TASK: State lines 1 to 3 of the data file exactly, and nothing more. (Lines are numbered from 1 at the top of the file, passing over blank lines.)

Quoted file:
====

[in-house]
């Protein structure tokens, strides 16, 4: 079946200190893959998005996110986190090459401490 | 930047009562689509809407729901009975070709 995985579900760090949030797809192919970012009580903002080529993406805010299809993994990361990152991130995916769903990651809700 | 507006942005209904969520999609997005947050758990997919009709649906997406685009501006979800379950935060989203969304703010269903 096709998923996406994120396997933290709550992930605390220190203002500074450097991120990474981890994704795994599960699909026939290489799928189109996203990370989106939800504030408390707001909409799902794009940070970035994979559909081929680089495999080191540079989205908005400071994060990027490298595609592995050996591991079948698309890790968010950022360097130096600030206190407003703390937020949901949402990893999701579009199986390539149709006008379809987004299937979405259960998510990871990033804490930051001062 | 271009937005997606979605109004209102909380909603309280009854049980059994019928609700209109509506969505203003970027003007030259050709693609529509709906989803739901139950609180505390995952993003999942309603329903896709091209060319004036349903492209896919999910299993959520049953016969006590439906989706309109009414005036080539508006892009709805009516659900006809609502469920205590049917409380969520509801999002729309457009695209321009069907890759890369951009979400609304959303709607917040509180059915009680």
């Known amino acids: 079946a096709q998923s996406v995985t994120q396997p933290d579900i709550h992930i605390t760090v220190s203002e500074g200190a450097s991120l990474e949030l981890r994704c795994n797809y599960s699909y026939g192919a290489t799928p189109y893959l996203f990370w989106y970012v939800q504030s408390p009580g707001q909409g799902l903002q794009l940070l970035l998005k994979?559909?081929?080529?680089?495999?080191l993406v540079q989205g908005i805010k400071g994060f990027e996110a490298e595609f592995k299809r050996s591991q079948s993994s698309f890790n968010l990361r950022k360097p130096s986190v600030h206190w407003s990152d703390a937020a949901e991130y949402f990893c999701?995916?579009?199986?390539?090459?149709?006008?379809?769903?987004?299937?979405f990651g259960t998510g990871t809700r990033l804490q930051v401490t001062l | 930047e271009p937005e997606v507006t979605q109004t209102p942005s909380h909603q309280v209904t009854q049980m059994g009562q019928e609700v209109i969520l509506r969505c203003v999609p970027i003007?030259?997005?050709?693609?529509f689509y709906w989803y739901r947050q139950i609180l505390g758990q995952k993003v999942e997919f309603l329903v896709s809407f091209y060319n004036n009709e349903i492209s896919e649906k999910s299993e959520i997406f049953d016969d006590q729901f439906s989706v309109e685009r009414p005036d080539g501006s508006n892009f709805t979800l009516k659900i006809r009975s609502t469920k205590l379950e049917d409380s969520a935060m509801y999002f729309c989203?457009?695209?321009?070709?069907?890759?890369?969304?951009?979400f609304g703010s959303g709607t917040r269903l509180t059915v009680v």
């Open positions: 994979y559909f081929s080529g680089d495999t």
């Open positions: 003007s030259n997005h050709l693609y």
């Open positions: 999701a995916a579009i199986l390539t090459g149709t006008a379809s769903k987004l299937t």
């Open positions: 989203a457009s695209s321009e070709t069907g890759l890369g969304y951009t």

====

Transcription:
[in-house]
């Protein structure tokens, strides 16, 4: 079946200190893959998005996110986190090459401490 | 930047009562689509809407729901009975070709 995985579900760090949030797809192919970012009580903002080529993406805010299809993994990361990152991130995916769903990651809700 | 507006942005209904969520999609997005947050758990997919009709649906997406685009501006979800379950935060989203969304703010269903 096709998923996406994120396997933290709550992930605390220190203002500074450097991120990474981890994704795994599960699909026939290489799928189109996203990370989106939800504030408390707001909409799902794009940070970035994979559909081929680089495999080191540079989205908005400071994060990027490298595609592995050996591991079948698309890790968010950022360097130096600030206190407003703390937020949901949402990893999701579009199986390539149709006008379809987004299937979405259960998510990871990033804490930051001062 | 271009937005997606979605109004209102909380909603309280009854049980059994019928609700209109509506969505203003970027003007030259050709693609529509709906989803739901139950609180505390995952993003999942309603329903896709091209060319004036349903492209896919999910299993959520049953016969006590439906989706309109009414005036080539508006892009709805009516659900006809609502469920205590049917409380969520509801999002729309457009695209321009069907890759890369951009979400609304959303709607917040509180059915009680």
């Known amino acids: 079946a096709q998923s996406v995985t994120q396997p933290d579900i709550h992930i605390t760090v220190s203002e500074g200190a450097s991120l990474e949030l981890r994704c795994n797809y599960s699909y026939g192919a290489t799928p189109y893959l996203f990370w989106y970012v939800q504030s408390p009580g707001q909409g799902l903002q794009l940070l970035l998005k994979?559909?081929?080529?680089?495999?080191l993406v540079q989205g908005i805010k400071g994060f990027e996110a490298e595609f592995k299809r050996s591991q079948s993994s698309f890790n968010l990361r950022k360097p130096s986190v600030h206190w407003s990152d703390a937020a949901e991130y949402f990893c999701?995916?579009?199986?390539?090459?149709?006008?379809?769903?987004?299937?979405f990651g259960t998510g990871t809700r990033l804490q930051v401490t001062l | 930047e271009p937005e997606v507006t979605q109004t209102p942005s909380h909603q309280v209904t009854q049980m059994g009562q019928e609700v209109i969520l509506r969505c203003v999609p970027i003007?030259?997005?050709?693609?529509f689509y709906w989803y739901r947050q139950i609180l505390g758990q995952k993003v999942e997919f309603l329903v896709s809407f091209y060319n004036n009709e349903i492209s896919e649906k999910s299993e959520i997406f049953d016969d006590q729901f439906s989706v309109e685009r009414p005036d080539g501006s508006n892009f709805t979800l009516k659900i006809r009975s609502t469920k205590l379950e049917d409380s969520a935060m509801y999002f729309c989203?457009?695209?321009?070709?069907?890759?890369?969304?951009?979400f609304g703010s959303g709607t917040r269903l509180t059915v009680v």